by Paul Mah

Review: Ruckus Wi-Fi Access Points for Your Small Business

Jan 31, 20138 mins
Computers and PeripheralsNetworkingWi-Fi

How does the latest Wi-Fi hardware from Ruckus Wireless stack up? This review rates two access points and one controller appliance on configuration, security, authentication and performance--all key considerations for a small business that wants a new or upgraded Wi-Fi network.

The number of Wi-Fi capable devices has increased steeply over the last couple of years, fueled by the bring your own device (BYOD) phenomenon on one end and the ubiquity of laptops with built-in wireless capabilities on the other. As CIOs and IT managers rush to redesign corporate networks to support the influx of wireless devices that workers are bringing into the office—sometimes even two or three per person—Wi-Fi vendors are enjoying a burgeoning market.

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One such vendor, Ruckus Wireless, began operations in 2004. With 60 patents under its belt and more than 80 pending, the publicly listed company has a comprehensive portfolio of products for building wireless networks. For this review, I deployed two top Ruckus access points (APs) to determine if they are suited for deployment for a typical SMB.

The Ruckus Wireless Hardware: Two APs, One Controller

To simulate real-world deployment conditions, I set up a wireless network with two APs.

  • The ZoneFlex 7982 is Ruckus’ current top-end indoor AP. It offers three-stream performance of 450Mbps per radio for a total throughput of 900Mbps over 2.4GHz and 5GHz simultaneously. The manufacturer’s suggested retail price (MSRP) is $1,099.
  • The ZoneFlex 7962, another indoor dual-band AP, offers up to 300Mbps per radio or up to 600Mbps over both bands. MSRP is $999.

In this instance, both APs are centrally managed with a ZoneDirector 1100 controller. This network appliance from Ruckus offers capabilities such as smart wireless meshing and will intelligently load balance wireless clients across multiple Aps, the company says. For larger Wi-Fi deployments, the ZoneDirector can also integrate with an external Authentication, Accounting, Auditing (AAA) server. Alternatively, it’s equally at home working off an internal database of user accounts.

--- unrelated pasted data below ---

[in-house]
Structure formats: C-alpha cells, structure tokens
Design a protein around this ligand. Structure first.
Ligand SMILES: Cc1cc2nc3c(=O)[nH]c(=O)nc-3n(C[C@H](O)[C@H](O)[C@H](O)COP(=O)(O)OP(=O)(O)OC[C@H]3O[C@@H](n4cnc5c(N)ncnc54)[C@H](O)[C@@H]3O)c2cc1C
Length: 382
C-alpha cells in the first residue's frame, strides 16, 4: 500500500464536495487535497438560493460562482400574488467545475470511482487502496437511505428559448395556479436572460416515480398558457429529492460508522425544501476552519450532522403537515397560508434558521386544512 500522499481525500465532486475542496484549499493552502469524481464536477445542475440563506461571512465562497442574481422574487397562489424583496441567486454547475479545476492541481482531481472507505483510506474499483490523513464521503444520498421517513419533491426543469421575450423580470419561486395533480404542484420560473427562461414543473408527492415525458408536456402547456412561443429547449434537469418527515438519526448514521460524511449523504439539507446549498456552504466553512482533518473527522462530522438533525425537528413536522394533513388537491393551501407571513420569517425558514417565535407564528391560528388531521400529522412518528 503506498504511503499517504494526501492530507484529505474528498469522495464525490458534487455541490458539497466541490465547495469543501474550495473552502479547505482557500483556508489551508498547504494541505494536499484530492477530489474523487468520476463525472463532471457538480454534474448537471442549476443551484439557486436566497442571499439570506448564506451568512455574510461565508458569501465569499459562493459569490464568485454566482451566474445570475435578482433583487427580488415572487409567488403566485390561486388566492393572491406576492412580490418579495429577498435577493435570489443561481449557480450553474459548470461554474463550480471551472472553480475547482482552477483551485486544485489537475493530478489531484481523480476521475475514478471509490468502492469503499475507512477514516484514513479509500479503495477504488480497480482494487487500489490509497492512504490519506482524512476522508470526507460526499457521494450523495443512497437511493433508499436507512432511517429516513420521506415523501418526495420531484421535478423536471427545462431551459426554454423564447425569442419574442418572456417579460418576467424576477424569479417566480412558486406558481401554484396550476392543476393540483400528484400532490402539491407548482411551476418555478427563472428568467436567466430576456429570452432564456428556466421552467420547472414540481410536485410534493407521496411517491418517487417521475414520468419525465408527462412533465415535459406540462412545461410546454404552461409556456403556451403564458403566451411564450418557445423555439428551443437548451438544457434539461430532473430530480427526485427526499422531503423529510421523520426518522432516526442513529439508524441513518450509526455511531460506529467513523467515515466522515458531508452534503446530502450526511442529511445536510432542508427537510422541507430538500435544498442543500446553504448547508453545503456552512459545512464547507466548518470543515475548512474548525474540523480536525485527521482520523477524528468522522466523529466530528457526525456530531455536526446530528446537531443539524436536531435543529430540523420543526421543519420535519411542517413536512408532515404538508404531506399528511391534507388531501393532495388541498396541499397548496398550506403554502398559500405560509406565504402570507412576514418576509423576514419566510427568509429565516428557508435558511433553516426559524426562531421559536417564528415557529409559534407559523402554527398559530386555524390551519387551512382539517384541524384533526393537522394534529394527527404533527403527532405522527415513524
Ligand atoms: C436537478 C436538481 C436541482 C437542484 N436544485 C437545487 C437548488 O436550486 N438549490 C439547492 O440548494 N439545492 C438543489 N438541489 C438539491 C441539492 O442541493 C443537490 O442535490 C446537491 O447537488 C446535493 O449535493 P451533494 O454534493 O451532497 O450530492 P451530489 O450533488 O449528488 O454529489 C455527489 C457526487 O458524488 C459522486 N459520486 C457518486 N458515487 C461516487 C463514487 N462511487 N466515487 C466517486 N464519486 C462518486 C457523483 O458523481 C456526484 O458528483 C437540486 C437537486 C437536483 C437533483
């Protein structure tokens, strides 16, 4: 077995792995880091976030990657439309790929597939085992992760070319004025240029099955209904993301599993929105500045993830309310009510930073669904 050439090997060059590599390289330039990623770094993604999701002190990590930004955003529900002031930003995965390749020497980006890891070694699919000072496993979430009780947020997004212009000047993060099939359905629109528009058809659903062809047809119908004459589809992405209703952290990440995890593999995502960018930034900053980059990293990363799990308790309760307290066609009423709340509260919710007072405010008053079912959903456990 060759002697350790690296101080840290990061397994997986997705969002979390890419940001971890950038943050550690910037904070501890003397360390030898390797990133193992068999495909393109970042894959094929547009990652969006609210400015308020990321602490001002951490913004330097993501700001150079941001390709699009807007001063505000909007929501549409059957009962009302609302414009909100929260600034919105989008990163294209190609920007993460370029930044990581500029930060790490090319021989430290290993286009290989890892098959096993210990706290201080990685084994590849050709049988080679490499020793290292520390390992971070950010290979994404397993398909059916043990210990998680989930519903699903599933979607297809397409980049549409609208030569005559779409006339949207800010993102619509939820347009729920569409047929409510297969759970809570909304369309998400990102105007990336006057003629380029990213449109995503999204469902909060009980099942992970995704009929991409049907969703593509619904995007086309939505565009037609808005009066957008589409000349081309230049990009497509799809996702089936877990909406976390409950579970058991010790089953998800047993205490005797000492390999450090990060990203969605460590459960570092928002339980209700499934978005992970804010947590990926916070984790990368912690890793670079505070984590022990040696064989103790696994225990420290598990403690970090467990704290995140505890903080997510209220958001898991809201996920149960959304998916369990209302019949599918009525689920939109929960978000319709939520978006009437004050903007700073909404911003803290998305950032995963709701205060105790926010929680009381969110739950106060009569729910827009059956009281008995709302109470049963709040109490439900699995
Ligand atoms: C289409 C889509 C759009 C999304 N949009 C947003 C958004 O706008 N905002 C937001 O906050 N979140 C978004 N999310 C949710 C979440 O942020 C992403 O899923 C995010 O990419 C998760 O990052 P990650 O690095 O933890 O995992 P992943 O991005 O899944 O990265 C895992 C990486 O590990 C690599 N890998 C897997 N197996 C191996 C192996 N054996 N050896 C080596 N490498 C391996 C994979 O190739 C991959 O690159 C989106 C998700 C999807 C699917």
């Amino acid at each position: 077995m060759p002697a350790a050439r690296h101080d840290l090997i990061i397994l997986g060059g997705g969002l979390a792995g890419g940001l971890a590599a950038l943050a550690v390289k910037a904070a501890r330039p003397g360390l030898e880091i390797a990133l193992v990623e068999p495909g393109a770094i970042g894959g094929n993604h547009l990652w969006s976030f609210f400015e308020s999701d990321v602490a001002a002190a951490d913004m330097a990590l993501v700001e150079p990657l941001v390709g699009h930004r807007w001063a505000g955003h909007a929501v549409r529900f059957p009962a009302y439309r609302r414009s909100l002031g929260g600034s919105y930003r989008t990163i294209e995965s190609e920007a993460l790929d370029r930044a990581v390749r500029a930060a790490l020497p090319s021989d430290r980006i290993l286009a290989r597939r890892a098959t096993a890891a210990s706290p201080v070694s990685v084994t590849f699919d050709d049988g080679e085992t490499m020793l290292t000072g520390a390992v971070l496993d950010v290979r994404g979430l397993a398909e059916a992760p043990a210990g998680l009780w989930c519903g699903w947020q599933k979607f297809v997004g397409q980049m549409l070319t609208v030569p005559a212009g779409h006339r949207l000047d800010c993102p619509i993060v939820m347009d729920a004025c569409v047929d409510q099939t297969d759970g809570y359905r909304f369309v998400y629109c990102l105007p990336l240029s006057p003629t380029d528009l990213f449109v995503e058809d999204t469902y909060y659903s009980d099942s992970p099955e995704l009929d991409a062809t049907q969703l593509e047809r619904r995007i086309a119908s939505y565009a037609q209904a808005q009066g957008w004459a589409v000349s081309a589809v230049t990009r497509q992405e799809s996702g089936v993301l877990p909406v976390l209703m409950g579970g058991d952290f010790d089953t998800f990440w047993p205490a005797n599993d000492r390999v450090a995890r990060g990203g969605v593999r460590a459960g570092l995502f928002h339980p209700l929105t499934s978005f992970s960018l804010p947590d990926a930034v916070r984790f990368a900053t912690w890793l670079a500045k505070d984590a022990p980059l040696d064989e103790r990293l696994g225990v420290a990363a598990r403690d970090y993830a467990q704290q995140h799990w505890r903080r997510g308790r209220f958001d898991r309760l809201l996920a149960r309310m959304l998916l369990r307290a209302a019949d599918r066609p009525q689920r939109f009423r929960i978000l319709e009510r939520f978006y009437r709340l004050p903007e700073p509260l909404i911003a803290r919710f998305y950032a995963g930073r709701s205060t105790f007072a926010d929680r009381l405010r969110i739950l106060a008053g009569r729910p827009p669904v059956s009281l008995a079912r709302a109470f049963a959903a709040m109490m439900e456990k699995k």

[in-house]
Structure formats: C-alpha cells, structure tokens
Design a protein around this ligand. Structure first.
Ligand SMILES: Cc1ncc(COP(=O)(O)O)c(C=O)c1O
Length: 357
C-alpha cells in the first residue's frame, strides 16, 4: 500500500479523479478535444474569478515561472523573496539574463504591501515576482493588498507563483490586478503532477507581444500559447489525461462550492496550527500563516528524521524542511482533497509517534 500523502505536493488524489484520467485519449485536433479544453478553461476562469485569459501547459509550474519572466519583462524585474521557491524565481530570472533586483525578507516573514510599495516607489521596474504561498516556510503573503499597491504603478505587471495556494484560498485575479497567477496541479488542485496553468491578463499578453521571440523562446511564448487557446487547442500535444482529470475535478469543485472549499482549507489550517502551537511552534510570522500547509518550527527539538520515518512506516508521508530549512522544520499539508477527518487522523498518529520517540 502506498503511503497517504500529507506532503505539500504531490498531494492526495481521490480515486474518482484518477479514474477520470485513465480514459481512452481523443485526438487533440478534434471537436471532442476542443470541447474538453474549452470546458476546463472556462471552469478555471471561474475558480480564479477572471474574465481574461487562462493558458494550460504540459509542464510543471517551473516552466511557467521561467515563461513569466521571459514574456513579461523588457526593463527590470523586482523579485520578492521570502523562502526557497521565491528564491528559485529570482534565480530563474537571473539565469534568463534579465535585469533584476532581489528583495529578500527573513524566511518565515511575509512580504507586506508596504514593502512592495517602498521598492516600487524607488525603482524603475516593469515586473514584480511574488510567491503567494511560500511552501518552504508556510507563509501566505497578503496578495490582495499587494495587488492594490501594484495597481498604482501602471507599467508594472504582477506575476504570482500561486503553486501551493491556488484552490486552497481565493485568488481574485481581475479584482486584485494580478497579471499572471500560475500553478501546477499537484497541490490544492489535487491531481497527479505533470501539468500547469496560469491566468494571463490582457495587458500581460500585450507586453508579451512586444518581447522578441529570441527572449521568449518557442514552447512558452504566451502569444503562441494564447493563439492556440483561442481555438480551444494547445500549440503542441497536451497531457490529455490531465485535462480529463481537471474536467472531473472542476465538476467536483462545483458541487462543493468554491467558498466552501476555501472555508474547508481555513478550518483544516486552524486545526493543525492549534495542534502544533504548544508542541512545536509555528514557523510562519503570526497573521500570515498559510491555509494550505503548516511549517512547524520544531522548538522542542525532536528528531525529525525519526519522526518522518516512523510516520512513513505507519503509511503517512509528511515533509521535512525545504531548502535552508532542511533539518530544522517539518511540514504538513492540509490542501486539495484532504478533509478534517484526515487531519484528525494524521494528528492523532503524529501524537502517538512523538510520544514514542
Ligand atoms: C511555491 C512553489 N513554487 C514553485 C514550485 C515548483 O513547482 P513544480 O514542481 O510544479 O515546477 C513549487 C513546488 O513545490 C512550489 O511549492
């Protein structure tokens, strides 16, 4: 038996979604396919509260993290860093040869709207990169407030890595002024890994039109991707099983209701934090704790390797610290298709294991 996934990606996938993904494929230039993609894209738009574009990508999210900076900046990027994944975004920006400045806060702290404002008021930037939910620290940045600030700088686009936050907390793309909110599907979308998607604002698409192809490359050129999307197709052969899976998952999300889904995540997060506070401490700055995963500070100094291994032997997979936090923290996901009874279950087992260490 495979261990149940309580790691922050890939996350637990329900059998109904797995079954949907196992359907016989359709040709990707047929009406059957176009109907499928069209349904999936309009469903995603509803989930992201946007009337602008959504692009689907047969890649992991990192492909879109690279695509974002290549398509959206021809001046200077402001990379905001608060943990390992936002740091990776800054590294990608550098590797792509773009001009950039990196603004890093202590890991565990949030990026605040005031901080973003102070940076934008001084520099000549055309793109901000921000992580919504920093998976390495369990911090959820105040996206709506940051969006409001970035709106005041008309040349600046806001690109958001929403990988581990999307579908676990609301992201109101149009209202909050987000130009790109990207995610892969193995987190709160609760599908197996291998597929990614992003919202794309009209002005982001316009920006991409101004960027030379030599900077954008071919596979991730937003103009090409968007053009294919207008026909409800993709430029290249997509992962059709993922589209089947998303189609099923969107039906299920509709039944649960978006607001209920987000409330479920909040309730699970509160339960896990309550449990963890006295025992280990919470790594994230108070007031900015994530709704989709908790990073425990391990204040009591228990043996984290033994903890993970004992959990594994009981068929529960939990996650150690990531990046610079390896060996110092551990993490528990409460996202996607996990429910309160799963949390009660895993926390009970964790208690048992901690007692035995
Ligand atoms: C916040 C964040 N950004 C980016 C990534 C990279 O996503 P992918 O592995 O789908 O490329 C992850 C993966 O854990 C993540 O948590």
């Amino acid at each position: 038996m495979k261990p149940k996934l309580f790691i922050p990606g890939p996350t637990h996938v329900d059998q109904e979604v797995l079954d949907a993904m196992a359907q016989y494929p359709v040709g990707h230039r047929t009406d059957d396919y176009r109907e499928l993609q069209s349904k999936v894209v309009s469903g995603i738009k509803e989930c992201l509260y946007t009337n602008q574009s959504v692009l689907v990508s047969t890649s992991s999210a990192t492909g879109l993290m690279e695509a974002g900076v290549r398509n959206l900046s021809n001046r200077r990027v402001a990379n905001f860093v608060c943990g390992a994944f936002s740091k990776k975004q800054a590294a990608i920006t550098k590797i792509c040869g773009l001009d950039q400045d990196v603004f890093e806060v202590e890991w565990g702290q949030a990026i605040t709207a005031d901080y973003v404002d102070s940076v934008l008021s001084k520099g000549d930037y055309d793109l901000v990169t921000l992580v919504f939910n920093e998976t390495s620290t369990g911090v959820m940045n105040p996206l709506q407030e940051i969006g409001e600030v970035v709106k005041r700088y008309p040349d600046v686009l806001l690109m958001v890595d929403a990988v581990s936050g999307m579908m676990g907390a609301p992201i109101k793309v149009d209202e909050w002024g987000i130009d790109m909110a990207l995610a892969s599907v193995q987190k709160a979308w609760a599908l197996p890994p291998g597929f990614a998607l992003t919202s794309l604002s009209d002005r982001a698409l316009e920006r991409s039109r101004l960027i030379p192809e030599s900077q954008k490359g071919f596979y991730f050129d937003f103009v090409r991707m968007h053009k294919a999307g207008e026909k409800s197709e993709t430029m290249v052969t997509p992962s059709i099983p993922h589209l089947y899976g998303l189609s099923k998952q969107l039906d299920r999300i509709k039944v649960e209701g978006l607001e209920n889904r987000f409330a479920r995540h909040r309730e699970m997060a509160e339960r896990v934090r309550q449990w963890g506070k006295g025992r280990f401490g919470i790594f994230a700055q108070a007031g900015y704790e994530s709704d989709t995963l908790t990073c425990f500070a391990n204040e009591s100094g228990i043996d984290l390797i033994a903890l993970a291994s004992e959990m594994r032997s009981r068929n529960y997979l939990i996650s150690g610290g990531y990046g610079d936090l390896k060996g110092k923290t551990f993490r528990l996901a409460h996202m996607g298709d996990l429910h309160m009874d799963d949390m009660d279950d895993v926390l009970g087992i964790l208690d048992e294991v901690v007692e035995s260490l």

The ZoneDirector 1100 has base price of $1,200. This includes the requisite licenses to manage up to six APs. The device will scale up to 50 APs, though in that case additional licenses would be needed.

To be clear, Ruckus Wireless APs can be deployed in standalone mode. Without the controller, though, you won’t get the benefits of centralized management outlined above. In my opinion, a Ruckus Wi-Fi deployment without the ZoneDirector forsakes a level of manageability that you need when you deploy more than two APs.

Setting Up, Configuring the Wi-Fi Network

A previous post, How to Set Up a Business-Grade Wi-Fi Network, highlighted how Power over Ethernet (PoE) can simplify the deployment of a Wi-Fi network. For this reason I eschewed the bundled AC adapters and instead used an 8-port Gigabit Hewlett-Packard Networking (formerly ProCurve) switch to power the two access points over Ethernet. (The ZoneDirector appliance was also connected to the switch, though it draws its power from a separate AC adapter.)

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To set up the network, the administrator must log into ZoneDirector, as the entire process of provisioning and configuring the two APs is done entirely from its Web interface. Once logged in, I found that ZoneDirector does not come with any tools for getting APs optimally positioned. However, network administrators can upload an image of their floor plans and position their APs onto it for a rudimentary appraisal of wireless coverage.

A more precise site survey will require the use of dedicated planning tools such as ZonePlanner. This os sold separately by Ruckus for both Windows and Mac platforms, though the $495 price tag suggests that only organizations performing a large-scale or particularly complex deployment may be interested. (Ruckus does offer a number of free site survey and performance monitoring mobile apps for both iOS and Android, though I did not evaluate them.)

A ZoneDirector automatically detects nonprovisioned Ruckus APs that have been placed on the same network. As it is, initial configuration entails nothing more than adding a name and description for manageability, as well as allocating IP addresses to all network ports. Once done, APs can be assigned to a wireless local area network (WLAN) group or configured individually. Configuration options pertain to RF specific settings such as channels and maximum transmit power. When assigning APs to a group, administrators can selectively override options for each physical AP.

In addition, you must configure WLAN services. This cover options such as SSID, authentication, encryption and parameters such as rate limiting and virtual LAN (VLAN) ID. Multiple WLAN services can be created and added via the ZoneDirector, and more than one WLAN service can be assigned to each WLAN group or to an individual AP.